“She taught me that it’s okay to let a great opportunity go if it doesn’t make you happy,” says Mardi. “This has been applied many times in my business.”
Greg Faulkner, founder of Faulkner Architects
Live thoughtfully on the land.
Making frequent trips from his hometown in Northern Indiana to visit his grandparents in Frankfort, Kentucky—agricultural, horse-and-bourbon country—helped Greg Faulkner appreciate the relationship between people and nature. “In contrast to the intensely built, suburban environment of my hometown, the opportunistic and expedient way in which people inhabited farmhouses that were set upon open rolling hills, valleys, and verdant forestry did not go unnoticed,” he says. “This was thanks to my mom, who gave me an appreciation for this natural landscape.”
Lead a project-driven life.
Greg’s mother was a multi-hyphenate woman with numerous ongoing projects that included sewing dresses for herself and her daughters, tending to their home vegetable garden, oil painting, and keeping a clean and disciplined home environment. He adds that on the surface, it may not appear like these were architectural lessons, but “they are lessons about achieving a disciplined, ordered, and project-driven life.” From his mother’s example, Greg learned that any project—personal or professional—necessitates “a consistent determination within a daily, iterative process that allows a constant return to the task with a fresh perspective.” Overall, he says that engaging in such projects adds richness and realness to our lives, yielding “tangible results and effects that give us the satisfaction of accomplishing useful work, like the making of a good house.”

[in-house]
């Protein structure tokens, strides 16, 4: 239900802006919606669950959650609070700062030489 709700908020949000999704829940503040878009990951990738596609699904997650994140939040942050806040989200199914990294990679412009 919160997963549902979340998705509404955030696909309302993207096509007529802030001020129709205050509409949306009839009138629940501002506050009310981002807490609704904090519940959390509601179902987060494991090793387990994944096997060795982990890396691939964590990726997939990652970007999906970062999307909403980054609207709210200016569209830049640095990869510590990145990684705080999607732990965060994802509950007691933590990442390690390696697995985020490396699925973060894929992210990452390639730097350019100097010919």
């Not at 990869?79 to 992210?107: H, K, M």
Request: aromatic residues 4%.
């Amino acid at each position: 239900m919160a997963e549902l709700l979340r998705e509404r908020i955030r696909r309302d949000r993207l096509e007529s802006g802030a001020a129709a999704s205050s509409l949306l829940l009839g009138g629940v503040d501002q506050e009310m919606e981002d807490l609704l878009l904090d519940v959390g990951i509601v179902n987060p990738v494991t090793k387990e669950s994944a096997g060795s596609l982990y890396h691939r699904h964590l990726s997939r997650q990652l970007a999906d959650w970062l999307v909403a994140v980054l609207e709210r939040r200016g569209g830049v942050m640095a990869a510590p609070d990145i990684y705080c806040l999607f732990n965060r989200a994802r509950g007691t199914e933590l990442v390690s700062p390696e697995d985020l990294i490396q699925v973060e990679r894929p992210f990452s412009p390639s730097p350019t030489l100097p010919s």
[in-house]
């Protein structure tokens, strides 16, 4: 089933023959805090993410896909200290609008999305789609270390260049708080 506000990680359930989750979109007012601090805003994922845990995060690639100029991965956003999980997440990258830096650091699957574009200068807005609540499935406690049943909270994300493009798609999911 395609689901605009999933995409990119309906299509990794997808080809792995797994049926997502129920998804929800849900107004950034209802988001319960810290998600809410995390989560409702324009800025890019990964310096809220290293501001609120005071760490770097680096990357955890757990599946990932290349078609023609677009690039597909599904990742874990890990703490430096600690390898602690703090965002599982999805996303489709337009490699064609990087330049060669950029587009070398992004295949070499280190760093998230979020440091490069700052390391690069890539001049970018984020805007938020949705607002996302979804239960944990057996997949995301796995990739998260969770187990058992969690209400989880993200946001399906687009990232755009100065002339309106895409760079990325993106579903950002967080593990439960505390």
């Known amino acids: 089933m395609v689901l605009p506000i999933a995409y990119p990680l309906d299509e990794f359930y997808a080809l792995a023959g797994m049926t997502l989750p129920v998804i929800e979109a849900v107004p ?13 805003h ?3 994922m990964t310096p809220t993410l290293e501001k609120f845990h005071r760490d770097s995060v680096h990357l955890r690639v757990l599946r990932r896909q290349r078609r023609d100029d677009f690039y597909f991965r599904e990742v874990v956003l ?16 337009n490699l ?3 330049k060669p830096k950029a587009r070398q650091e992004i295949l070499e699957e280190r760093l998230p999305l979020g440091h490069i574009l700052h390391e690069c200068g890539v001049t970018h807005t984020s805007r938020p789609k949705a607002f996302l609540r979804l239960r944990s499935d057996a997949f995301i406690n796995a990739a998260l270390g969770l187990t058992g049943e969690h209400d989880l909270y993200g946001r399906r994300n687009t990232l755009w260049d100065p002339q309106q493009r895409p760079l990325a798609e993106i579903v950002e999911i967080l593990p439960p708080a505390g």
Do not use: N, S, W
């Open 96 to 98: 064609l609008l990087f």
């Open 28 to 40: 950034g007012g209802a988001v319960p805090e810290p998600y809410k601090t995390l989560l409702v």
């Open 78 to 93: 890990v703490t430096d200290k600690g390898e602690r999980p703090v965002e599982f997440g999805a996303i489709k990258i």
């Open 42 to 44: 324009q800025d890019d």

Andrew Maynard, founding director of Austin Maynard Architects
Be wonderfully weird.
“Mom always let me be weird, which was perfect preparation for a life in design,” Andrew Maynard says. The permission to be creative and think outside the box has resulted in projects with climbing walls, slides, nets, and secret rooms.